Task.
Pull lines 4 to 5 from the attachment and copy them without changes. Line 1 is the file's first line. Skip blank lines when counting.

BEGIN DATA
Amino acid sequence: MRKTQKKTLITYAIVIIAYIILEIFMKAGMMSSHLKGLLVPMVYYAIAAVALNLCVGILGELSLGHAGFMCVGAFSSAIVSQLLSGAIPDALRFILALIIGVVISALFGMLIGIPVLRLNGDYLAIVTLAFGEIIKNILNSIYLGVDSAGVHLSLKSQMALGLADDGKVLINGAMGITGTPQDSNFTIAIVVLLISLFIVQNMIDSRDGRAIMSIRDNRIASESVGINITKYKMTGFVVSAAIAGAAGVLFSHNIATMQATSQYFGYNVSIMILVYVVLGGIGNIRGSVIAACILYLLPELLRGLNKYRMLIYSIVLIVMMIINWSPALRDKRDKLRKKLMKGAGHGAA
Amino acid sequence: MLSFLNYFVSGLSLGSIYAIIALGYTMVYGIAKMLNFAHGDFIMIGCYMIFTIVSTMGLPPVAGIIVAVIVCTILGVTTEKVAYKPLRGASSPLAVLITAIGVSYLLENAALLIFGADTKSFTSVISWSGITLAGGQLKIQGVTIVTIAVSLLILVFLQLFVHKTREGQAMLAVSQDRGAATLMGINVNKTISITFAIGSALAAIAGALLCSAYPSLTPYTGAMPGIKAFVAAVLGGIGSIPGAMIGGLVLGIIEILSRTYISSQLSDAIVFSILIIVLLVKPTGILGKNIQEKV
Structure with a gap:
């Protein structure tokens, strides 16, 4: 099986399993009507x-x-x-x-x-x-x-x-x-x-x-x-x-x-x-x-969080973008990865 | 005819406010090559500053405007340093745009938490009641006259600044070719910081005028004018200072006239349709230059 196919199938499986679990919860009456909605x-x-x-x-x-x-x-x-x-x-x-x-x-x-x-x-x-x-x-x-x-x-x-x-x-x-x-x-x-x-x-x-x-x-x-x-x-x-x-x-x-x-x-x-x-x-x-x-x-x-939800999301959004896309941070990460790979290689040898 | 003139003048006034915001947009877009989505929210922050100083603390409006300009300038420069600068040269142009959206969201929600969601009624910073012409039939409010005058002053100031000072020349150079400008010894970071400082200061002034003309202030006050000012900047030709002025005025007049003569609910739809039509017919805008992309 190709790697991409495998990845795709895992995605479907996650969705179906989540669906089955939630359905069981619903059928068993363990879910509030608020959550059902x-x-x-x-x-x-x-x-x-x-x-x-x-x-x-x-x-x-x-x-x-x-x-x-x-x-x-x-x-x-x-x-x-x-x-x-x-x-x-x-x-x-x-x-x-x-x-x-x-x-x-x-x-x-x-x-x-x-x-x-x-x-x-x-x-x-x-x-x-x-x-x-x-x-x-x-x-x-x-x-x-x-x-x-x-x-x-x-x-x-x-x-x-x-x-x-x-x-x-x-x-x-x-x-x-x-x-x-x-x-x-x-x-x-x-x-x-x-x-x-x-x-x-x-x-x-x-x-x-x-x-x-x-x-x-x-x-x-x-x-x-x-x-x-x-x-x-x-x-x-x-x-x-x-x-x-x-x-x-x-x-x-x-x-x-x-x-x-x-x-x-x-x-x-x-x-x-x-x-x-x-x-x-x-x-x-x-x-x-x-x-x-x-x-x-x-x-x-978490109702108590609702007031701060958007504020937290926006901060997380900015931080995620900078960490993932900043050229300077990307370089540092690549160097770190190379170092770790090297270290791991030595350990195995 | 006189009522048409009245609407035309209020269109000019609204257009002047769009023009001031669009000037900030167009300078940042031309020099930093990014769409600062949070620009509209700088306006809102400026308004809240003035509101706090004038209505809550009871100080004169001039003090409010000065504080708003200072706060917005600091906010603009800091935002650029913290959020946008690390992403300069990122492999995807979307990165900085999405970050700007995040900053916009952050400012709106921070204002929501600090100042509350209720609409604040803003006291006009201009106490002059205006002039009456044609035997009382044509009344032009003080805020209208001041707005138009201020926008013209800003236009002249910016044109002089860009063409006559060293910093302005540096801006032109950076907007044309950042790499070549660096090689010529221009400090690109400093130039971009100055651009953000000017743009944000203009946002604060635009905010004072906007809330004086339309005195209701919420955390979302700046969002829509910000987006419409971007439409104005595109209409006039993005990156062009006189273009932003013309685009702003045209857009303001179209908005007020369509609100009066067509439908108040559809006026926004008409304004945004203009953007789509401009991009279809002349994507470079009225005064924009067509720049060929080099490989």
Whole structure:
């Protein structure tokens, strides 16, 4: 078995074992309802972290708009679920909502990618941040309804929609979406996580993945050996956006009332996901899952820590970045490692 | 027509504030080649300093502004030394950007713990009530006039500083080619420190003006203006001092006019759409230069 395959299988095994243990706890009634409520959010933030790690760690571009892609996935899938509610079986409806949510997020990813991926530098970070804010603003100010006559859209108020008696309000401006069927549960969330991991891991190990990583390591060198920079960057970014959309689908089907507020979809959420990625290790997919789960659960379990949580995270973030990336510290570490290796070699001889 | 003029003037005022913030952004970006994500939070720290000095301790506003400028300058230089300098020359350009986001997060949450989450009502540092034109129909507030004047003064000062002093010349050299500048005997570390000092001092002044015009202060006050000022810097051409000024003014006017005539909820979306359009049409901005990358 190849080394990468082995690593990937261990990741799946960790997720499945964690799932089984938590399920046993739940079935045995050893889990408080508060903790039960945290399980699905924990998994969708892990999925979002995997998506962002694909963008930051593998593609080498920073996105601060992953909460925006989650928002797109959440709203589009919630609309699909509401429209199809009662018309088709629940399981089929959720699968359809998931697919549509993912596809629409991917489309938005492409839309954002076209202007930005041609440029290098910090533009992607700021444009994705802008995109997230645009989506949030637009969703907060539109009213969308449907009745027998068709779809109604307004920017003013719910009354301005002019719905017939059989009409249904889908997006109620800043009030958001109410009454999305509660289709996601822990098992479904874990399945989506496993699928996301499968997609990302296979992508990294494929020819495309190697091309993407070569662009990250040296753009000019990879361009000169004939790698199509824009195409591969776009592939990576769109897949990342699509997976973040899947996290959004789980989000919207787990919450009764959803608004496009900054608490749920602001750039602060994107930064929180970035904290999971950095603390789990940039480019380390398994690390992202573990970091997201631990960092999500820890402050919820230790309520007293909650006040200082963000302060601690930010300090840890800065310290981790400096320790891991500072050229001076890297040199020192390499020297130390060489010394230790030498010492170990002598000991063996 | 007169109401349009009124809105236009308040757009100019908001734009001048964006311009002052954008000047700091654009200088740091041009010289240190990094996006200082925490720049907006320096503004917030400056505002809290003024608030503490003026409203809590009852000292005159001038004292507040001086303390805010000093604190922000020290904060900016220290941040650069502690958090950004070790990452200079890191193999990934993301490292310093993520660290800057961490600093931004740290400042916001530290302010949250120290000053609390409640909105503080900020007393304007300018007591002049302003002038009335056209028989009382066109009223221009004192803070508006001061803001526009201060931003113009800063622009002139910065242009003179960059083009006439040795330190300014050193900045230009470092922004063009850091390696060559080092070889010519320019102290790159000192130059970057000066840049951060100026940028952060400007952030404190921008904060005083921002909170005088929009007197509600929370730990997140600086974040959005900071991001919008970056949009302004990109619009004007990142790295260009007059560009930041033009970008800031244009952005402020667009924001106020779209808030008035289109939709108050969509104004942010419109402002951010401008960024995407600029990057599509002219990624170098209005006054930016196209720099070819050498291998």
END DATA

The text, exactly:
């Protein structure tokens, strides 16, 4: 099986399993009507x-x-x-x-x-x-x-x-x-x-x-x-x-x-x-x-969080973008990865 | 005819406010090559500053405007340093745009938490009641006259600044070719910081005028004018200072006239349709230059 196919199938499986679990919860009456909605x-x-x-x-x-x-x-x-x-x-x-x-x-x-x-x-x-x-x-x-x-x-x-x-x-x-x-x-x-x-x-x-x-x-x-x-x-x-x-x-x-x-x-x-x-x-x-x-x-x-939800999301959004896309941070990460790979290689040898 | 003139003048006034915001947009877009989505929210922050100083603390409006300009300038420069600068040269142009959206969201929600969601009624910073012409039939409010005058002053100031000072020349150079400008010894970071400082200061002034003309202030006050000012900047030709002025005025007049003569609910739809039509017919805008992309 190709790697991409495998990845795709895992995605479907996650969705179906989540669906089955939630359905069981619903059928068993363990879910509030608020959550059902x-x-x-x-x-x-x-x-x-x-x-x-x-x-x-x-x-x-x-x-x-x-x-x-x-x-x-x-x-x-x-x-x-x-x-x-x-x-x-x-x-x-x-x-x-x-x-x-x-x-x-x-x-x-x-x-x-x-x-x-x-x-x-x-x-x-x-x-x-x-x-x-x-x-x-x-x-x-x-x-x-x-x-x-x-x-x-x-x-x-x-x-x-x-x-x-x-x-x-x-x-x-x-x-x-x-x-x-x-x-x-x-x-x-x-x-x-x-x-x-x-x-x-x-x-x-x-x-x-x-x-x-x-x-x-x-x-x-x-x-x-x-x-x-x-x-x-x-x-x-x-x-x-x-x-x-x-x-x-x-x-x-x-x-x-x-x-x-x-x-x-x-x-x-x-x-x-x-x-x-x-x-x-x-x-x-x-x-x-x-x-x-x-x-x-x-x-x-978490109702108590609702007031701060958007504020937290926006901060997380900015931080995620900078960490993932900043050229300077990307370089540092690549160097770190190379170092770790090297270290791991030595350990195995 | 006189009522048409009245609407035309209020269109000019609204257009002047769009023009001031669009000037900030167009300078940042031309020099930093990014769409600062949070620009509209700088306006809102400026308004809240003035509101706090004038209505809550009871100080004169001039003090409010000065504080708003200072706060917005600091906010603009800091935002650029913290959020946008690390992403300069990122492999995807979307990165900085999405970050700007995040900053916009952050400012709106921070204002929501600090100042509350209720609409604040803003006291006009201009106490002059205006002039009456044609035997009382044509009344032009003080805020209208001041707005138009201020926008013209800003236009002249910016044109002089860009063409006559060293910093302005540096801006032109950076907007044309950042790499070549660096090689010529221009400090690109400093130039971009100055651009953000000017743009944000203009946002604060635009905010004072906007809330004086339309005195209701919420955390979302700046969002829509910000987006419409971007439409104005595109209409006039993005990156062009006189273009932003013309685009702003045209857009303001179209908005007020369509609100009066067509439908108040559809006026926004008409304004945004203009953007789509401009991009279809002349994507470079009225005064924009067509720049060929080099490989």
Whole structure: